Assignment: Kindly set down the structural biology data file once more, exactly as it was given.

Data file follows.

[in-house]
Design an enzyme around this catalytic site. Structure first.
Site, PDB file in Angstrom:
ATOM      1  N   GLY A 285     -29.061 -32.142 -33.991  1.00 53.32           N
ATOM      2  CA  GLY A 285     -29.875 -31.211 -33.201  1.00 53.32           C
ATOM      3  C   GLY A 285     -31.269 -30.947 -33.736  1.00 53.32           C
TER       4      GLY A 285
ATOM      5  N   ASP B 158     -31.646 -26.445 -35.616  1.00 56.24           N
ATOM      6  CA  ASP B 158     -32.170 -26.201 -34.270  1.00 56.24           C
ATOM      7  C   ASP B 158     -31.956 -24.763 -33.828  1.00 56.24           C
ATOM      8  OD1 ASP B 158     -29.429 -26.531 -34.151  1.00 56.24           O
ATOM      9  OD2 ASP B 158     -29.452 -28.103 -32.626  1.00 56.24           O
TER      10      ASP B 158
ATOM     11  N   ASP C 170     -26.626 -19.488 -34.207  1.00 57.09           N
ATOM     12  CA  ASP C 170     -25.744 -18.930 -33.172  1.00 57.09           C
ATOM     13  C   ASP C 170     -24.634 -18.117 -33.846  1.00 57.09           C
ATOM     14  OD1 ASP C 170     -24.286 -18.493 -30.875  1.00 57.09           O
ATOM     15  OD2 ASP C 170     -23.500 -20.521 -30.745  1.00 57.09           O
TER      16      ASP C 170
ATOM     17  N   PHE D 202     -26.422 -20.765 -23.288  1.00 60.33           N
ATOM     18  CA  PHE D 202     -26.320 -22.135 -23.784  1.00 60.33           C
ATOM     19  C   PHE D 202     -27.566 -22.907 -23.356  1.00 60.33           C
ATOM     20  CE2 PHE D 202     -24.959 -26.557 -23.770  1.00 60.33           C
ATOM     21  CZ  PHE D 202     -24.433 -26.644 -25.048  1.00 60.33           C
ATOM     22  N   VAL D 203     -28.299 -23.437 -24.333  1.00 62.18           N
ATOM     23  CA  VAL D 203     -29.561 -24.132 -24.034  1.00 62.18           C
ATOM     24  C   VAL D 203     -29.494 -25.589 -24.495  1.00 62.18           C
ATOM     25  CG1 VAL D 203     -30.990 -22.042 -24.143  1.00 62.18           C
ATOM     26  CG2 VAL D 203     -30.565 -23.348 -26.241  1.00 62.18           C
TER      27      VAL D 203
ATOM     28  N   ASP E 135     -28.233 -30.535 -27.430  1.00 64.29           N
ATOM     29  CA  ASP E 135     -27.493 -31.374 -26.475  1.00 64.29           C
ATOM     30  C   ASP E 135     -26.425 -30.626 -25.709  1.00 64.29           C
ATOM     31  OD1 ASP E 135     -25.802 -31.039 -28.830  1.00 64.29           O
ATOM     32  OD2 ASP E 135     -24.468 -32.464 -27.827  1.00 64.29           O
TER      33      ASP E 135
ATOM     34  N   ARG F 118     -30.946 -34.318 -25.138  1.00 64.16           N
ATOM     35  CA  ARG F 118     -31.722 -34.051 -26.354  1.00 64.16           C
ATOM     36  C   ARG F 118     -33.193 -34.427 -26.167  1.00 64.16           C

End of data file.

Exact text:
[in-house]
Design an enzyme around this catalytic site. Structure first.
Site, PDB file in Angstrom:
ATOM      1  N   GLY A 285     -29.061 -32.142 -33.991  1.00 53.32           N
ATOM      2  CA  GLY A 285     -29.875 -31.211 -33.201  1.00 53.32           C
ATOM      3  C   GLY A 285     -31.269 -30.947 -33.736  1.00 53.32           C
TER       4      GLY A 285
ATOM      5  N   ASP B 158     -31.646 -26.445 -35.616  1.00 56.24           N
ATOM      6  CA  ASP B 158     -32.170 -26.201 -34.270  1.00 56.24           C
ATOM      7  C   ASP B 158     -31.956 -24.763 -33.828  1.00 56.24           C
ATOM      8  OD1 ASP B 158     -29.429 -26.531 -34.151  1.00 56.24           O
ATOM      9  OD2 ASP B 158     -29.452 -28.103 -32.626  1.00 56.24           O
TER      10      ASP B 158
ATOM     11  N   ASP C 170     -26.626 -19.488 -34.207  1.00 57.09           N
ATOM     12  CA  ASP C 170     -25.744 -18.930 -33.172  1.00 57.09           C
ATOM     13  C   ASP C 170     -24.634 -18.117 -33.846  1.00 57.09           C
ATOM     14  OD1 ASP C 170     -24.286 -18.493 -30.875  1.00 57.09           O
ATOM     15  OD2 ASP C 170     -23.500 -20.521 -30.745  1.00 57.09           O
TER      16      ASP C 170
ATOM     17  N   PHE D 202     -26.422 -20.765 -23.288  1.00 60.33           N
ATOM     18  CA  PHE D 202     -26.320 -22.135 -23.784  1.00 60.33           C
ATOM     19  C   PHE D 202     -27.566 -22.907 -23.356  1.00 60.33           C
ATOM     20  CE2 PHE D 202     -24.959 -26.557 -23.770  1.00 60.33           C
ATOM     21  CZ  PHE D 202     -24.433 -26.644 -25.048  1.00 60.33           C
ATOM     22  N   VAL D 203     -28.299 -23.437 -24.333  1.00 62.18           N
ATOM     23  CA  VAL D 203     -29.561 -24.132 -24.034  1.00 62.18           C
ATOM     24  C   VAL D 203     -29.494 -25.589 -24.495  1.00 62.18           C
ATOM     25  CG1 VAL D 203     -30.990 -22.042 -24.143  1.00 62.18           C
ATOM     26  CG2 VAL D 203     -30.565 -23.348 -26.241  1.00 62.18           C
TER      27      VAL D 203
ATOM     28  N   ASP E 135     -28.233 -30.535 -27.430  1.00 64.29           N
ATOM     29  CA  ASP E 135     -27.493 -31.374 -26.475  1.00 64.29           C
ATOM     30  C   ASP E 135     -26.425 -30.626 -25.709  1.00 64.29           C
ATOM     31  OD1 ASP E 135     -25.802 -31.039 -28.830  1.00 64.29           O
ATOM     32  OD2 ASP E 135     -24.468 -32.464 -27.827  1.00 64.29           O
TER      33      ASP E 135
ATOM     34  N   ARG F 118     -30.946 -34.318 -25.138  1.00 64.16           N
ATOM     35  CA  ARG F 118     -31.722 -34.051 -26.354  1.00 64.16           C
ATOM     36  C   ARG F 118     -33.193 -34.427 -26.167  1.00 64.16           C